Friday, April 25, 2014

The Dog Hour


Good Morning, Everyone!

The hour between 6:00 and 7:00 a.m. is referred to around here as the dog hour.  (Curiously, there's a cat in my lap as I write this.  Editing, probably.)  It's an hour later in the winter because of early-morning darkness, though I've seen hearty souls on their way with flashlights, but with Spring in full swing, and a light sky by shortly after 6:00, Cheyenne and I are up and doing by 6:15.  And so is the entire neighborhood.

It's fascinating how on-schedule we all are.  Our first contact with friends is half a block away at the top of our street when we meet Jane, who works for a physical therapist, and Gracie, who is a little white rag-mop of a mixed breed.  Cheyenne loves Gracie, but gets little more than tolerance in return while Jane and I, both married to artists, exchange news on the latest show or sketching-group meeting.

Half a block west, we meet Will and Astra.  Will is a student who always looks sleepy - probably studies hard - and Astra is about 40 pounds of Brindle-colored, stand-up-eared, Heinz 57 dog.  Cheyenne drags me the last few yards towards them and Astra is usually standing on her hind-feet, waiting for her.  They nuzzle, wriggle, pounce and play while Will smiles and says a sleepy good-morning.

On the next corner we run into Alyssa and Katie.  Alyssa is Will's opposite, sounds like she's been up for hours, and is beautifully made up.  I'd guess she's in her middle thirties.  She does horse massage and is filled with good will and good cheer - just the things you'd love to have stroked into your riding companion.  Katie is a sleek-coated rescue dog who wags and sniffs with Cheyenne.

It's been our pattern for the three years since Cheyenne moved in with us to go east  several blocks past the playground, or west, past the elegant old homes built in the 19th Century.  Suddenly - maybe because the weather's been generally nicer, Cheyenne looks back at me when we return from one direction with the clear question - "Can we go the other way, too?  Please?  Huh?"  So, we do.

They don't like us so much in that direction, but fortunately they're behind a fence.  The Brewers have two Giant Schnauzers and one standard, who bark from the minute they spot us coming until we're out of sight.   I imagine several residents of that block still in bed, putting pillows over their heads, or giving up and getting up earlier than they'd planned.

A block and a half beyond Brewers we meet Adam, a young man who bristles with energy and ideas and has a design business at home.  He's planning a sailing expedition with friends to the San Juans in July and, when we meet, is heading down to the bakery for coffee.  He was always alone until last week when he had a little Pit-Bull mix puppy, Winston,  on a leash.  Adam is providing day-care for the pup for a female friend with whom he's trying to make points.  I encourage him.  He'd be a great catch.  Winston jumps up on Cheyenne, she bumps him with her nose, and they sniff and nuzzle.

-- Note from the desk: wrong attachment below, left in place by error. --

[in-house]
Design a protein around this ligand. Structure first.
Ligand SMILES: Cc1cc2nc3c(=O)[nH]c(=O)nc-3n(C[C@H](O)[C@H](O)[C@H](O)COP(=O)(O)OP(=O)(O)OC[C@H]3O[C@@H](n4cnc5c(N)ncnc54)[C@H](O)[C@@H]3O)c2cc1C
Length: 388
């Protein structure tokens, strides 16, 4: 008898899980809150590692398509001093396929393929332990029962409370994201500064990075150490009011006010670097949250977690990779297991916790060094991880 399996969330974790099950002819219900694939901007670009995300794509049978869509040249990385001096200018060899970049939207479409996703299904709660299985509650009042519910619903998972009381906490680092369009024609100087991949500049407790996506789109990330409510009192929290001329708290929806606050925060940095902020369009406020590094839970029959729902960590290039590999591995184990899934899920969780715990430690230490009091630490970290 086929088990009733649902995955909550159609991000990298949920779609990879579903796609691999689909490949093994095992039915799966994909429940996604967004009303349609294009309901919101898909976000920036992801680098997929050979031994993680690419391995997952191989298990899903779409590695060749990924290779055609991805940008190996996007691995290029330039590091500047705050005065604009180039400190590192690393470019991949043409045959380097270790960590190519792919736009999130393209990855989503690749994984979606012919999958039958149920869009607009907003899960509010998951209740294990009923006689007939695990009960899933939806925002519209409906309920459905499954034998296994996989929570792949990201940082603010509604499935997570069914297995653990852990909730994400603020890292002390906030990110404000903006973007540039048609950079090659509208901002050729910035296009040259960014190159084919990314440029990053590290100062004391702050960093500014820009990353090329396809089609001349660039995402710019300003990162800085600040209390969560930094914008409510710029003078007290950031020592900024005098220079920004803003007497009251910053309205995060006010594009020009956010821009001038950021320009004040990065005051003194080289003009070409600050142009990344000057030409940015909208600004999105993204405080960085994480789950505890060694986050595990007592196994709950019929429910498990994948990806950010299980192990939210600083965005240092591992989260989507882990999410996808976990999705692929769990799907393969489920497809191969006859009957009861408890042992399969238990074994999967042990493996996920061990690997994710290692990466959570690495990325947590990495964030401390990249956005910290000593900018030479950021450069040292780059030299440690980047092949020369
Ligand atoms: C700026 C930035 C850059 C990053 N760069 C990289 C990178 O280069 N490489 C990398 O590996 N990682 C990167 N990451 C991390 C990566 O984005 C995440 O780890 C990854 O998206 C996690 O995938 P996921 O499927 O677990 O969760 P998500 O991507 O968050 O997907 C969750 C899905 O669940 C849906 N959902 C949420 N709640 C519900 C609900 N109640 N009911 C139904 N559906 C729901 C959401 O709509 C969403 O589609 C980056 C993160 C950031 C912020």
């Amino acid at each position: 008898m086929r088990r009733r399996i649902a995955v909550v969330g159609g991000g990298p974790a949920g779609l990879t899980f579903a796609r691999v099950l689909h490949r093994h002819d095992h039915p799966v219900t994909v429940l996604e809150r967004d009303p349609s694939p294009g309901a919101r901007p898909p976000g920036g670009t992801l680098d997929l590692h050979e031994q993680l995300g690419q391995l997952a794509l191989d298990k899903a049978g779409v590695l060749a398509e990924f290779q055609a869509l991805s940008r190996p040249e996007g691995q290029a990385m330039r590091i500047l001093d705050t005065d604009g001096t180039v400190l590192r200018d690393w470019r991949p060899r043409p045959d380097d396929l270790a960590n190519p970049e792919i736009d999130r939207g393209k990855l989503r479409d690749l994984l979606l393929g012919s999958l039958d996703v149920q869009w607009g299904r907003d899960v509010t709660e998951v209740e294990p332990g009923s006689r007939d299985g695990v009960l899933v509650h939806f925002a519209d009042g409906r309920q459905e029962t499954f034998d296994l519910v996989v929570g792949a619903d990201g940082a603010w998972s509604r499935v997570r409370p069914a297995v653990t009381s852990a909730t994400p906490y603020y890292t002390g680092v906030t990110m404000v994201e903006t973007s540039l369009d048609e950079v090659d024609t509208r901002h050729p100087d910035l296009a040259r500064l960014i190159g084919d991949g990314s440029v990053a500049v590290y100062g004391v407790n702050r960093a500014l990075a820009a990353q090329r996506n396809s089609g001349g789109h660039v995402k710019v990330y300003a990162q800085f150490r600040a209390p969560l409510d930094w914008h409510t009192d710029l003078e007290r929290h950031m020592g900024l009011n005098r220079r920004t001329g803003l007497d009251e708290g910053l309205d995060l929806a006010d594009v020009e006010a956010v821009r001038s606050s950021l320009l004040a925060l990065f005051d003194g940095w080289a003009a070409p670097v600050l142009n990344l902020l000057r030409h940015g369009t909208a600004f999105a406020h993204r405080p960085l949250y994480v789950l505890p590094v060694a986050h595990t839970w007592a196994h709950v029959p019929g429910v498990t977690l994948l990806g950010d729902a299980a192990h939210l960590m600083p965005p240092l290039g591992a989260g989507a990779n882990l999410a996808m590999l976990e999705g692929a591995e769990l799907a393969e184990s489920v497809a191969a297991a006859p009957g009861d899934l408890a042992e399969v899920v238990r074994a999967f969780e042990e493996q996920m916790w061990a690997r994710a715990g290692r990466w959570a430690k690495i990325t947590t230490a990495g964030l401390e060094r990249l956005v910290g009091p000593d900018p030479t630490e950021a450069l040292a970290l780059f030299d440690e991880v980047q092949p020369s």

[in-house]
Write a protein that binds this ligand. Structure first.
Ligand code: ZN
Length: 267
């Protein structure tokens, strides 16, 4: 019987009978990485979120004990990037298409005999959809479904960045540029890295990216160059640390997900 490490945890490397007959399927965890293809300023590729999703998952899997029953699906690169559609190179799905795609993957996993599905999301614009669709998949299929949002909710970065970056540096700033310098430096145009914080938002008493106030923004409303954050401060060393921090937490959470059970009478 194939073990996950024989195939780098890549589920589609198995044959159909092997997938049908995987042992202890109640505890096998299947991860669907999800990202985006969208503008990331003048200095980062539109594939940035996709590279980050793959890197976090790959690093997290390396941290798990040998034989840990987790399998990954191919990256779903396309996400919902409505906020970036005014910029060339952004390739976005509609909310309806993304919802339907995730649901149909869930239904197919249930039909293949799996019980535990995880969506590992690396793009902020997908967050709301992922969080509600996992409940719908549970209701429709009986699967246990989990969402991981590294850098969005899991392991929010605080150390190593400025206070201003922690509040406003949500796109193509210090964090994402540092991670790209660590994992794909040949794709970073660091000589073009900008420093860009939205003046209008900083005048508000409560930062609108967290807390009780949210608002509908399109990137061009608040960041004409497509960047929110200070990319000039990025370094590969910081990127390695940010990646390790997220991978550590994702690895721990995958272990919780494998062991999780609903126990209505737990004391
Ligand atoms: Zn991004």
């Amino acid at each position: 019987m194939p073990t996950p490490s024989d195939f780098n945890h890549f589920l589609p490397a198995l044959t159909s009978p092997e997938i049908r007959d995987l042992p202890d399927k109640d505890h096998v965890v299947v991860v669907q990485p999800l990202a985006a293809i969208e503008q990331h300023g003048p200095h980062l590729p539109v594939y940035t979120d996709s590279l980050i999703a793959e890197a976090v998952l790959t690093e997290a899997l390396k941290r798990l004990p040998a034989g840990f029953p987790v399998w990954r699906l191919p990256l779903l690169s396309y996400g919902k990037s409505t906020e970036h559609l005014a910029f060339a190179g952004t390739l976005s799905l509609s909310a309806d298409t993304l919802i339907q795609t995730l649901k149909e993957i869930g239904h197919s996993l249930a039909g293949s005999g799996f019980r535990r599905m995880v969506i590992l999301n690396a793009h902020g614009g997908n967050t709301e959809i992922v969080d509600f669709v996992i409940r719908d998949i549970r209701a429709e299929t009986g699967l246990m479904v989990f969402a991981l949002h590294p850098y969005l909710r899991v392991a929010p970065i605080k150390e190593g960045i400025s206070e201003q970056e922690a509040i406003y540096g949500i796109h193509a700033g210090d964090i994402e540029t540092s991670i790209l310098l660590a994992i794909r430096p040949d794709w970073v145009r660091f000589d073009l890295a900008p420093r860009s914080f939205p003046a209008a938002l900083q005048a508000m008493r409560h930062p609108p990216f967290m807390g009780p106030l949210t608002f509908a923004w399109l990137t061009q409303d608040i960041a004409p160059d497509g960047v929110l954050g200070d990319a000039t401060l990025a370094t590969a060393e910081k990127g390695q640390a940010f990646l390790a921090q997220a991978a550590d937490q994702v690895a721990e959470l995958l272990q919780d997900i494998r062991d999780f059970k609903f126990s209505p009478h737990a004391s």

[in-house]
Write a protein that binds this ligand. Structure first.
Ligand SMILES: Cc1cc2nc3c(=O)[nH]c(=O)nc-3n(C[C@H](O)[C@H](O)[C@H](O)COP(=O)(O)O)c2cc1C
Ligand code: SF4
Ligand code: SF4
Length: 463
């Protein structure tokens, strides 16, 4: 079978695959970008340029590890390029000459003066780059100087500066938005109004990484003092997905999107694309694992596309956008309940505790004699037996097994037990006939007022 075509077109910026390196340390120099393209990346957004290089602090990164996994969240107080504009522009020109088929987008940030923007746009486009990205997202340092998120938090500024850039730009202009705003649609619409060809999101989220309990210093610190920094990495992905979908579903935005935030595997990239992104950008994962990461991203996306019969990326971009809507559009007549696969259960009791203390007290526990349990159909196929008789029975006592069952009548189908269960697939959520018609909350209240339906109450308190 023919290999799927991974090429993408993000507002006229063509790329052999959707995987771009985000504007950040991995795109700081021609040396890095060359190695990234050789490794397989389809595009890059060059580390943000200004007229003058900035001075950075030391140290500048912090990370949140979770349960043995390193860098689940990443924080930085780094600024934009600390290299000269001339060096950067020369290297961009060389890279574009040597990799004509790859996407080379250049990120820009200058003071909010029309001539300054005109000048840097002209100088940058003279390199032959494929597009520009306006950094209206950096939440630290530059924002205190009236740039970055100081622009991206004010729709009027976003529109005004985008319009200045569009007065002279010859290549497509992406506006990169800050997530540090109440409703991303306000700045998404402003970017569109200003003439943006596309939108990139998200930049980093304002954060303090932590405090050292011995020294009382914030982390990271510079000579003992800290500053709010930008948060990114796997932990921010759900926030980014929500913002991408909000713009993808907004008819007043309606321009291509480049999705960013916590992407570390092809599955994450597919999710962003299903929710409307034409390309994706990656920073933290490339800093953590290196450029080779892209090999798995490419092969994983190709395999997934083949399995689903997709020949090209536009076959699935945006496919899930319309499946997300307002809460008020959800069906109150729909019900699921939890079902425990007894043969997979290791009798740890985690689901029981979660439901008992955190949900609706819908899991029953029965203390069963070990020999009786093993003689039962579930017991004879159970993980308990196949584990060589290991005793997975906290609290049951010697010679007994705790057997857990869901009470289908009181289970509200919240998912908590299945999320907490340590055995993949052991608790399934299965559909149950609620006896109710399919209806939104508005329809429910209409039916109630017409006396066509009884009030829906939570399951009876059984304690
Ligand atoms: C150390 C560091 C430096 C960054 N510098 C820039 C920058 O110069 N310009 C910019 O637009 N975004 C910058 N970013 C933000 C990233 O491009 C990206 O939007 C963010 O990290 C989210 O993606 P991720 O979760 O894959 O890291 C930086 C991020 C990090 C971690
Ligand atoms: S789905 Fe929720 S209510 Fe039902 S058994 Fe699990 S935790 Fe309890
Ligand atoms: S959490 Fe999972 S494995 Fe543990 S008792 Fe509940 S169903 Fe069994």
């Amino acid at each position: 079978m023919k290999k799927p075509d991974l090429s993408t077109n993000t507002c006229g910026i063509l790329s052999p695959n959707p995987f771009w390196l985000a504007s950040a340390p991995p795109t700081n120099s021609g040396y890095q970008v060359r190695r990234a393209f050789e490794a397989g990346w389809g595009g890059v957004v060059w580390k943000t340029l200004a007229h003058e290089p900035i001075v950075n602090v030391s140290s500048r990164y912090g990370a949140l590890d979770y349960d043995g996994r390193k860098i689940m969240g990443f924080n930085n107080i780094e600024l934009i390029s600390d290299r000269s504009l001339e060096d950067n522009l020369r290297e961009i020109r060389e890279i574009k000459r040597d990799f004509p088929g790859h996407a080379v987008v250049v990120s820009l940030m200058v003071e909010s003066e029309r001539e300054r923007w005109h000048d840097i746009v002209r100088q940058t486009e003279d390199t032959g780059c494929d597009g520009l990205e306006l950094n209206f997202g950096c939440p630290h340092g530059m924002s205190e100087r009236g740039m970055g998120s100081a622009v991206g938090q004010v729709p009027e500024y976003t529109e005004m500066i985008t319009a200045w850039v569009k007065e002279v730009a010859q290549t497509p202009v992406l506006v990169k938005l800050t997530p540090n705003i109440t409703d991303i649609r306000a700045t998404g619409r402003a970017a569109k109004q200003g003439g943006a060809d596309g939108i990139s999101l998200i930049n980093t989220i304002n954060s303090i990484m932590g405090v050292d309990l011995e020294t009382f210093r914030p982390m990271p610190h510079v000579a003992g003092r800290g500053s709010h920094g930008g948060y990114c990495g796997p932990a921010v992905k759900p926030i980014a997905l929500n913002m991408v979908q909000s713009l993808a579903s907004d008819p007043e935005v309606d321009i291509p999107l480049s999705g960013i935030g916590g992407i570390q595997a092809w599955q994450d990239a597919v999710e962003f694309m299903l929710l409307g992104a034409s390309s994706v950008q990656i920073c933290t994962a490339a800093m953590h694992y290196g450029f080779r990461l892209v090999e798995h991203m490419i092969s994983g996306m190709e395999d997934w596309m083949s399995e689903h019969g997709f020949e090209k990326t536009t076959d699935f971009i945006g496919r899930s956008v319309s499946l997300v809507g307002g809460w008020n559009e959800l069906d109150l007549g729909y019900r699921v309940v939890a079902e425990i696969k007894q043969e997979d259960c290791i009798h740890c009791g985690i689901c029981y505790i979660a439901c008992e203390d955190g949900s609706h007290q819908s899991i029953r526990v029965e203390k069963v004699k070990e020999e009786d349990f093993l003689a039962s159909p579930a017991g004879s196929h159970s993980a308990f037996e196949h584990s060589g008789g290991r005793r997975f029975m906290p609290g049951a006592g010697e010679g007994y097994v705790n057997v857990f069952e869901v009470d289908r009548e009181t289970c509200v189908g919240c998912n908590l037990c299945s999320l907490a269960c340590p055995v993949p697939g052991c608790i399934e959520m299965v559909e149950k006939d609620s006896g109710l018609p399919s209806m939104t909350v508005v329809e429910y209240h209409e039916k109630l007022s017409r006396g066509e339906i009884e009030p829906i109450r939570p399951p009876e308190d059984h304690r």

On our way back toward home, we encounter a young couple with two giant white Pyrenees who would like to see Cheyenne removed from the face of the earth.  Contrarily, she would like to make friends. Sometimes, it's hard to tell how much of that barking is bluster, but since there are two of them, I never let her get close enough to find out.  But we almost always meet them at a corner, and when I've crossed the street, thinking ahead to avoid that, they've done the same thing and we meet anyway.  Another bark-fest that's soon over.

On our corner, Steve, our good friend, is walking Hunter, a Basset with the oddest voice and a long tail with three inches of bright white at the tip that you can see, even in the dark.  Hunter and Cheyenne are a little like Sofia Loren and Carlo Ponti (if any of you is old enough to remember that life-long love.)  Cheyenne is three times his size and bangs him on the head with her paw, but he loves it and comes back for more.  Steve, a teacher, can't linger, so we have to drag them apart and go our separate ways, telling each other to have a great day.

Cheyenne seems as happy and invigorated to have met her friends as I am to have met mine.  Our two cats waiting for us on the porch come running up to meet her, I unhook her leash and they run home together. Our day is off to a good start.


23 comments:

  1. Replies
    1. Tara - I've answered this comment twice, and either I forget to hit publish, or something wonky is going on. I do have a busy morning, but it gets the aches and pains sorted out and helps me research pet characters for my books.

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    2. Okay, there it is. Apparently the only thing wonky is me!

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  2. I feel like we just went for a walk. Thanks--I enjoyed it!

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    1. You're welcome. Probably burned calories, too!

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  3. What a beautiful way to start the day!! Makes me want to move to your neighborhood :).